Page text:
Philippe Kahn, CEO of Fullpower Technologies and industry icon, pinged me last week to touch base. Philippe is an original gangster, or OG in the vernacular, of the industry, having founded Borland in 1983 and leading it to become one of the foremost PC software companies of its time before he left in 1995.
Though Borland is less of a force now than it once was, its name still rings of a commitment to developers that Kahn brought alive when he ran the company. Indeed, Kahn pushed for open standards long before the term became commonplace, and he proposed to fight for the rights of programmers, as part of a long, bitter legal battle with Lotus.
What I remember most about Kahn in those days was his large-living, hard-charging personality, which led him to head-to-head competition with the likes of Microsoft and Lotus. Kahn was absolutely in his element hawking products and pitching his vision for new innovations, whether in ballrooms at Caesars or at events at the Rainbow Room at 30 Rockefeller Plaza. And he always had time for a curious reporter calling on him in the wee hours of an East Coast morning.
Borland boasts so many hot-ticket items in the industry that its not funny. Anders Hejlsberg of Microsoft is a former Borlander, Adam Bosworth of Google is another, and Brad Silverberg—who left to go to Microsoft and is now a venture capitalist—is yet another. And there are countless others in key roles throughout the industry. The company turned out lots of hits in addition to Turbo Pascal, including Sidekick, Quattro, C++ compilers, database technology and the Delphi programming environment. In later years the company turned out products like Kylix, JBuilder, C#Builder and others.
With his vision to empower developers fulfilled, Kahn moved to head a company called Starfish Software, whose goal was the global synchronization and integration of wireless and wireline devices, according to the companys literature. Motorola acquired Starfish in 1998.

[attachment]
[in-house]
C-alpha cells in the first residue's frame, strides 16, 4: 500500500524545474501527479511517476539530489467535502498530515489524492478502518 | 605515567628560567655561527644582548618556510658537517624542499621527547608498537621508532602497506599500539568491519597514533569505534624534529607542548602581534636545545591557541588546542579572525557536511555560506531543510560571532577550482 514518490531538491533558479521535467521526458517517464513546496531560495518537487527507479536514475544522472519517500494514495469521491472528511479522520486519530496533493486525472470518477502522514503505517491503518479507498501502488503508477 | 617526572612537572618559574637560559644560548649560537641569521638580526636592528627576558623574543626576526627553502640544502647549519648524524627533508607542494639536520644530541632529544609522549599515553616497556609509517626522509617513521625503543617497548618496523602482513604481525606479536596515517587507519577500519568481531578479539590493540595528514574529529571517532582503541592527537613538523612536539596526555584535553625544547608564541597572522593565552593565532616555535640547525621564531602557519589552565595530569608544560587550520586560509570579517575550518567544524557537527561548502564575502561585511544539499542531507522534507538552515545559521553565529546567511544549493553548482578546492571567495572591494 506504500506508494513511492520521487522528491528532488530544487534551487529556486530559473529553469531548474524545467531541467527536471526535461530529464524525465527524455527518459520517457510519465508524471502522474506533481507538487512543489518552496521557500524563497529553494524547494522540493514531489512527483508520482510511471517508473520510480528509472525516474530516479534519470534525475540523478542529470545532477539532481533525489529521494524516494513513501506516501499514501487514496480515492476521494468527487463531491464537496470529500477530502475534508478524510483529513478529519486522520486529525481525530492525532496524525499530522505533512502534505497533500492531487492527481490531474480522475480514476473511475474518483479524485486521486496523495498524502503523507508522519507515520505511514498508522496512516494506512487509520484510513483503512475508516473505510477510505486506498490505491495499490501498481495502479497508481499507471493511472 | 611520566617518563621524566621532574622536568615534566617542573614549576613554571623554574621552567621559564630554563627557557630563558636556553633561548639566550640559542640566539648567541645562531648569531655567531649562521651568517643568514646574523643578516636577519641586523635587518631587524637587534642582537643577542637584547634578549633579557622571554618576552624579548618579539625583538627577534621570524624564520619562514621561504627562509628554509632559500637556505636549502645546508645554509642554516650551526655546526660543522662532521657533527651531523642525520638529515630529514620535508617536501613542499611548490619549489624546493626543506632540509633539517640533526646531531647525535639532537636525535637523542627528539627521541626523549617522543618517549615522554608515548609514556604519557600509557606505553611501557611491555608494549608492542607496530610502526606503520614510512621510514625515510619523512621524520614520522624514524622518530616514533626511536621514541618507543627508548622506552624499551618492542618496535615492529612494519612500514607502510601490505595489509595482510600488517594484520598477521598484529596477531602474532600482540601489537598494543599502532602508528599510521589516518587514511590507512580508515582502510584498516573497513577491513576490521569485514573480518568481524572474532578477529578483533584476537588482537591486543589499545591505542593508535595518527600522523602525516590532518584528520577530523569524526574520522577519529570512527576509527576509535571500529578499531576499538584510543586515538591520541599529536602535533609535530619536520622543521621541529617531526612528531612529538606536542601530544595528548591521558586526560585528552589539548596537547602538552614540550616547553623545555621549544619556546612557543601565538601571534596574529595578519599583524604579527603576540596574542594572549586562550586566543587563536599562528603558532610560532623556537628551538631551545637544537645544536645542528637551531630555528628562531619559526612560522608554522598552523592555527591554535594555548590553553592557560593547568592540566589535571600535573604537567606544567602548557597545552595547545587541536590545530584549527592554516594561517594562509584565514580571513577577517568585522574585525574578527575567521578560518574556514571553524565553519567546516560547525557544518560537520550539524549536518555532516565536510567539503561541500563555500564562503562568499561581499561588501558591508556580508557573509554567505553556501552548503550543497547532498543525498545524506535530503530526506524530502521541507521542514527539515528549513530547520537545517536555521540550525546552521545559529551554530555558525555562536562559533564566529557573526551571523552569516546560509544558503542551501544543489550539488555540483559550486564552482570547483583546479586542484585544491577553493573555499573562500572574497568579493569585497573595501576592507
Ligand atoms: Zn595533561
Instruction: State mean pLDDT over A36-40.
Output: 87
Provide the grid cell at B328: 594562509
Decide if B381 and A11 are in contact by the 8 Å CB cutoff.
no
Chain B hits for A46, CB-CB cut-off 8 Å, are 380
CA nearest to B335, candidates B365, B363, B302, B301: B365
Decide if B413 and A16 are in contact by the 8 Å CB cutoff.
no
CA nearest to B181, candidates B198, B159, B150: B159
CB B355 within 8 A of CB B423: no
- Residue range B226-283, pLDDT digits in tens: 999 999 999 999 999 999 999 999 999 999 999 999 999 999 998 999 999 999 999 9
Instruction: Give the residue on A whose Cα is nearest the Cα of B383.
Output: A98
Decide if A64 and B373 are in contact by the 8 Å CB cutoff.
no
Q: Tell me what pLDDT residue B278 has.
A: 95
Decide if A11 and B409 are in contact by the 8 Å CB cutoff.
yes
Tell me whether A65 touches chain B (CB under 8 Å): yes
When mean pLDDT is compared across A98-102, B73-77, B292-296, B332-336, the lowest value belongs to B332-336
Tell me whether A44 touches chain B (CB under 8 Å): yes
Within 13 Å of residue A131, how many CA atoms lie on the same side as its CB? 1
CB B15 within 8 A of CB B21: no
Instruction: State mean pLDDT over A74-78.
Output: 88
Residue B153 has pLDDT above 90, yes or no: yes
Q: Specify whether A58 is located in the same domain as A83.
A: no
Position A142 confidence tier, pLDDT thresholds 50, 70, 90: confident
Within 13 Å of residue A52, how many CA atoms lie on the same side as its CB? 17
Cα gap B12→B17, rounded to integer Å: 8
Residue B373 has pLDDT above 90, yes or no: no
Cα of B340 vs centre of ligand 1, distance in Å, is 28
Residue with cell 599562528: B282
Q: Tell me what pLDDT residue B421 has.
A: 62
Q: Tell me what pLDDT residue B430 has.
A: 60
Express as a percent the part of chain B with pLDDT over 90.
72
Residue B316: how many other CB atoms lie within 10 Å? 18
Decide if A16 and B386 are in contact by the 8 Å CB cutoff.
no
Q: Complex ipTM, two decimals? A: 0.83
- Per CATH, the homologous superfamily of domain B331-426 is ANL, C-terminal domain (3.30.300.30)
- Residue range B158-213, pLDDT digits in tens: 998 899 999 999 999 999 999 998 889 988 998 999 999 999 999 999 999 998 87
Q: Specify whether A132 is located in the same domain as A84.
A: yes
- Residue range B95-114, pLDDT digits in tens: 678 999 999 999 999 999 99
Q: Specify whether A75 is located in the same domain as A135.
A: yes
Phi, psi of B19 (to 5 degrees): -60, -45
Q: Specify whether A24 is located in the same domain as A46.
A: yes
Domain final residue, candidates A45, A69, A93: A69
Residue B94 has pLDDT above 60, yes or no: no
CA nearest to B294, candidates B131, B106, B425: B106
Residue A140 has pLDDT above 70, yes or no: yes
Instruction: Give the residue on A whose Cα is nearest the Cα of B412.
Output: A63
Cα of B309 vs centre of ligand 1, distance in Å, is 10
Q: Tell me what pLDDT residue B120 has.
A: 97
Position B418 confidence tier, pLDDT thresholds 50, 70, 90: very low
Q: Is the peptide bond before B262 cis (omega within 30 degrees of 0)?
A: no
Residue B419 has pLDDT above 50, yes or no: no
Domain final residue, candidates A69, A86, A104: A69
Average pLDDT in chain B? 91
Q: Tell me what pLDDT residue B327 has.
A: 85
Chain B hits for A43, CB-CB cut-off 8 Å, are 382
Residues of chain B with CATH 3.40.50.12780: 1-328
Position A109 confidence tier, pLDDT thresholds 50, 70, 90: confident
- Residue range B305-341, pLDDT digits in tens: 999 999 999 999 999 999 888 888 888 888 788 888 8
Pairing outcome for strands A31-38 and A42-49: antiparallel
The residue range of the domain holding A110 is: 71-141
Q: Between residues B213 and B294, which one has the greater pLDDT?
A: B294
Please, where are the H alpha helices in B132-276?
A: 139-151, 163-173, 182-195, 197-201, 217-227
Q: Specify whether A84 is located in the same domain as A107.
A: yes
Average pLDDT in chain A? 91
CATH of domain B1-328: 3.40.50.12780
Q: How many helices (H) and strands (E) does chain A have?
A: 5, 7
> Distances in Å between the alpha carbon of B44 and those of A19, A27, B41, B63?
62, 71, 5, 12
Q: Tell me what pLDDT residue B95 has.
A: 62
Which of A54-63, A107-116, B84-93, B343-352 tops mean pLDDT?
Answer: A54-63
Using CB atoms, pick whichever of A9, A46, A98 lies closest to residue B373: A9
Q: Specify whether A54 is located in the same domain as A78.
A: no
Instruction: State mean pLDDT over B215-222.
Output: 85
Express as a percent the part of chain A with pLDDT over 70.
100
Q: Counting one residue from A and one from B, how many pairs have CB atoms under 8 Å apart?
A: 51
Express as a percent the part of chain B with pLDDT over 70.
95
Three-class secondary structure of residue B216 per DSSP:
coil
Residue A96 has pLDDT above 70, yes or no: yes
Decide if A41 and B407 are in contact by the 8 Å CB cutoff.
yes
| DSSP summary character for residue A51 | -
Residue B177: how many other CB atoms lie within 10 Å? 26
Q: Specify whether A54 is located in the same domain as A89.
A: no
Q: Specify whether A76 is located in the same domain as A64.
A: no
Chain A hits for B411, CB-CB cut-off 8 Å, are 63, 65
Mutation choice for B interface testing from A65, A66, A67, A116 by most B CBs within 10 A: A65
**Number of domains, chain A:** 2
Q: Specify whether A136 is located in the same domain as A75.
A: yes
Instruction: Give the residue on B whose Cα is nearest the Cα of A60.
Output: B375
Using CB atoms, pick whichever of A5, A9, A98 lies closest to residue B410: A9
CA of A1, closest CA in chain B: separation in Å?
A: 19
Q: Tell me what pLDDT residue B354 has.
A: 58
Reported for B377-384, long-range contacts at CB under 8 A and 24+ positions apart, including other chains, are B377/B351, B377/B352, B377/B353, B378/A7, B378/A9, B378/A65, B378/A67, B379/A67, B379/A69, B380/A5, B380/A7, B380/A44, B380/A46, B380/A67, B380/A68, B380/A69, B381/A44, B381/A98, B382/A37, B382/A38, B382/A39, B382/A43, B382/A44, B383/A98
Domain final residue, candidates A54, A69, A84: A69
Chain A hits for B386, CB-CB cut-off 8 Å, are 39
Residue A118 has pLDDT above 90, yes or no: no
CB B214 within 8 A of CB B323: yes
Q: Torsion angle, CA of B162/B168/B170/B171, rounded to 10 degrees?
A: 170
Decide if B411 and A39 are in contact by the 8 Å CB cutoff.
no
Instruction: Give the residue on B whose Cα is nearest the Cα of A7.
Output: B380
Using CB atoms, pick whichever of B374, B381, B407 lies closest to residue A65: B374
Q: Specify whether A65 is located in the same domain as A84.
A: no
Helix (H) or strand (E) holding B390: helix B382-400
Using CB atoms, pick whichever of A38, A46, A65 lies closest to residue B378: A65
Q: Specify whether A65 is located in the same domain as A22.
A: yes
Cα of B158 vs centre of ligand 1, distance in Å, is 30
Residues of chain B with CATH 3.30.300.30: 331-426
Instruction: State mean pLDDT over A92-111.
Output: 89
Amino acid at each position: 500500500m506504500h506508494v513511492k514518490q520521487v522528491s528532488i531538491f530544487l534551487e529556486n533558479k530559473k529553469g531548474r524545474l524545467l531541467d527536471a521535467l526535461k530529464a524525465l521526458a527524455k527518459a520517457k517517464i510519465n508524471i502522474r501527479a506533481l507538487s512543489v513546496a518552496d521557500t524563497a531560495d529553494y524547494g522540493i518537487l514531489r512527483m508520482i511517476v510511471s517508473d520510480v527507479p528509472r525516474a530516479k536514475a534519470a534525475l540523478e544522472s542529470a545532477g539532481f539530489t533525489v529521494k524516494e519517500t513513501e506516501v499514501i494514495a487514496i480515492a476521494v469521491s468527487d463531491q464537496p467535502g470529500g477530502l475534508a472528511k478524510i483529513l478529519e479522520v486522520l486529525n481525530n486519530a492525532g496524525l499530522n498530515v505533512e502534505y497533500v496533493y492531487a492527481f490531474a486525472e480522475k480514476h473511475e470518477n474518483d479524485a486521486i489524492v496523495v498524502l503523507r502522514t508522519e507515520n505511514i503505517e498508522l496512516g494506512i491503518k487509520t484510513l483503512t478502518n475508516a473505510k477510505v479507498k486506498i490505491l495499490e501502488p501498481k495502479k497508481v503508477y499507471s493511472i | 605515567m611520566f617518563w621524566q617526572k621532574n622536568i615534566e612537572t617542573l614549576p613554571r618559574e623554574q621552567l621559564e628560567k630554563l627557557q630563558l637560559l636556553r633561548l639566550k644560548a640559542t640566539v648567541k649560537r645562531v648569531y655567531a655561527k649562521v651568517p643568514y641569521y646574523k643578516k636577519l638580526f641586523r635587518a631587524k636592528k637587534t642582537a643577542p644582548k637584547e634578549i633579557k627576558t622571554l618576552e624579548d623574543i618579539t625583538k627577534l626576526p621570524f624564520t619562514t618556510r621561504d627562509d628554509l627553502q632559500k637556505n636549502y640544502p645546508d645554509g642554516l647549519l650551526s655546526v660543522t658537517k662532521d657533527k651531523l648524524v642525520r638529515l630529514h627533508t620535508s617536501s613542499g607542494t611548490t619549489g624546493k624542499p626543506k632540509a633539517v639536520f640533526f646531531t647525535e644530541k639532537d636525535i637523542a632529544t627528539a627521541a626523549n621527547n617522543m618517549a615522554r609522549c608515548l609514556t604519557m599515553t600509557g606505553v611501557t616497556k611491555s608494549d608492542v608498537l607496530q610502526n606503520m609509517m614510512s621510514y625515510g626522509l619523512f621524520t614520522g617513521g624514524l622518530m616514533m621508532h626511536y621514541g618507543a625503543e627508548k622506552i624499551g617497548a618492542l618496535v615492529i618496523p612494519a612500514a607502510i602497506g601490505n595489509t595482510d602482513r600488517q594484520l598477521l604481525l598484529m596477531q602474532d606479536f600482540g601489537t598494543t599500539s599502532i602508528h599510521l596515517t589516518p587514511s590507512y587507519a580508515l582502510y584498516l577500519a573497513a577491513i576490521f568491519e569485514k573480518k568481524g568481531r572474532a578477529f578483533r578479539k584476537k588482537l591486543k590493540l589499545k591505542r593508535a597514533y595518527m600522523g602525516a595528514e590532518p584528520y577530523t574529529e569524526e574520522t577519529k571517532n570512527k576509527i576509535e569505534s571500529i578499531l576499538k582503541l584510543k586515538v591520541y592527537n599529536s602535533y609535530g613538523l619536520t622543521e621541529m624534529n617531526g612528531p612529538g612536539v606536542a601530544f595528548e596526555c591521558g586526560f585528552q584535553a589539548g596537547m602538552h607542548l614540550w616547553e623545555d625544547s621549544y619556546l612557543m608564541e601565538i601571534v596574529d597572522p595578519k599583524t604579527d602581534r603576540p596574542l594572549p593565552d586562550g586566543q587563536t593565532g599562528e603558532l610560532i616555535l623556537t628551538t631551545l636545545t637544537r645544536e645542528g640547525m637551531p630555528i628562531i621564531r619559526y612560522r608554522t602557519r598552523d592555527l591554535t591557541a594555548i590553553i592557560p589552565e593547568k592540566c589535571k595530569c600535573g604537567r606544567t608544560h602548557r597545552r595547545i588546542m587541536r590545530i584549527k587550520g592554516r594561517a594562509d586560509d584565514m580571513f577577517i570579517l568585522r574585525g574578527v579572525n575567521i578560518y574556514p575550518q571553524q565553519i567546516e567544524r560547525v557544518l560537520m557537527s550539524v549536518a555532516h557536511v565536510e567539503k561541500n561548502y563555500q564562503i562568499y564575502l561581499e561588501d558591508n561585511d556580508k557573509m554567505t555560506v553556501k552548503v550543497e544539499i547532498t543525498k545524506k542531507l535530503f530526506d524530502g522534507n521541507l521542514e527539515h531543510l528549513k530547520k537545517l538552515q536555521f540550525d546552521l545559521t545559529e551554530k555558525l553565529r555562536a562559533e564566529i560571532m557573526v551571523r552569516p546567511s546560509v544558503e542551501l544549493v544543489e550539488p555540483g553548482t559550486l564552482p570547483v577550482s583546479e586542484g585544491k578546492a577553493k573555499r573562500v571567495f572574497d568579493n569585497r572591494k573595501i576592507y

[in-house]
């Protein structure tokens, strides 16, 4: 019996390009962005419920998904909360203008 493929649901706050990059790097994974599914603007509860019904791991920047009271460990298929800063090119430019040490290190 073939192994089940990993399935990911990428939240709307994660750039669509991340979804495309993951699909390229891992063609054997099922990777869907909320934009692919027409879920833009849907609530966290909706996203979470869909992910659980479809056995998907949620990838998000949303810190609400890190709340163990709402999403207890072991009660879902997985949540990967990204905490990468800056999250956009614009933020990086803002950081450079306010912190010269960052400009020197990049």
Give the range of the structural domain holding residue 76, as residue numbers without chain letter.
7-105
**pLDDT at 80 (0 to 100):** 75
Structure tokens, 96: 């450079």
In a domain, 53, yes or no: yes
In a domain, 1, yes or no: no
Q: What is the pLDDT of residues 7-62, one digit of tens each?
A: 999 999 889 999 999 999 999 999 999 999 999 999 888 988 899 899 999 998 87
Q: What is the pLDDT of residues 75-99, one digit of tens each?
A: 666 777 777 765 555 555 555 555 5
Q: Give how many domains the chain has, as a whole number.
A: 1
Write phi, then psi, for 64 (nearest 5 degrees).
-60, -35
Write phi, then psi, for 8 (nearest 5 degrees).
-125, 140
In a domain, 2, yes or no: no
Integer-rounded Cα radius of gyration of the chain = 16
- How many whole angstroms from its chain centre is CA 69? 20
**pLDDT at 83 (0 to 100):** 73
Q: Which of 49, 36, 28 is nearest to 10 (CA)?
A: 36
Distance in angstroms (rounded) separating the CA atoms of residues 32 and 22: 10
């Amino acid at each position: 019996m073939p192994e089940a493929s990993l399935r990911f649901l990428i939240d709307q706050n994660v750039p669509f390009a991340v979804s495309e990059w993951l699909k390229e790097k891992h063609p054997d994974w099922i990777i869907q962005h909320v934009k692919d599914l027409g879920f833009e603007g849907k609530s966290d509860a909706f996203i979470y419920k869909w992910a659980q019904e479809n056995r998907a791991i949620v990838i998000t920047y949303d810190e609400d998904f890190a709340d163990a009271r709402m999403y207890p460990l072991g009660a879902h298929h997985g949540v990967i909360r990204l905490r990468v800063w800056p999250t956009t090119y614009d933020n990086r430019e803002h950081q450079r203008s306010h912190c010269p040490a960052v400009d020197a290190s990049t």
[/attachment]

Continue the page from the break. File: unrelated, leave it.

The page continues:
Meanwhile, in 1997, while Kahn was in the process of forming his next venture, LightSurf Technologies, his wife, Sonia Lee, gave birth to their daughter Sophie. And Kahn gave birth to the concept of the camera phone, another vision.
Kahn said he took his laptop, digital camera and cell phone into the hospital with him to take photos of his new baby and send them around to friends. He said he had to make a kludgy device to make his invention work as a unit, but he rigged a primitive camera phone.
"Andy Seybold, the well-known wireless guru, was on my list and got those pictures and contacted me immediately and said: This is really cool, it looks like youre doing this in real time, live. How do you do this? I want one," Kahn said. "Thats when Sonia and I realized that this would be the essence of our new company, LightSurf. Motorola was in the process of acquiring Starfish, and the rest happened in the market.
"Next year, 1 billion camera phones will be sold worldwide," Kahn added.
As for the early "incubator" version, Kahn said, "By the time Sophie was born, I had it working and I was sending pictures all around the world and sharing them automatically on a Web server. It was very cool. Remember, that was June 1997, phones were character-based with four lines and 25 characters by line."
With the concept proven, the rush was on to fulfill this new vision. "So we had the prototype fully functioning, the adrenaline was rushing, and by 1999 J-Phone in Japan was shipping Sha-Mail with a Sharp camera phone," Kahn said. "Sprint was the first to launch PictureMail in 2002 in the U.S."
PictureMail, which enables users to send pictures taken with a cell phone as messages, is a LightSurf technology. LightSurf is now owned by VeriSign.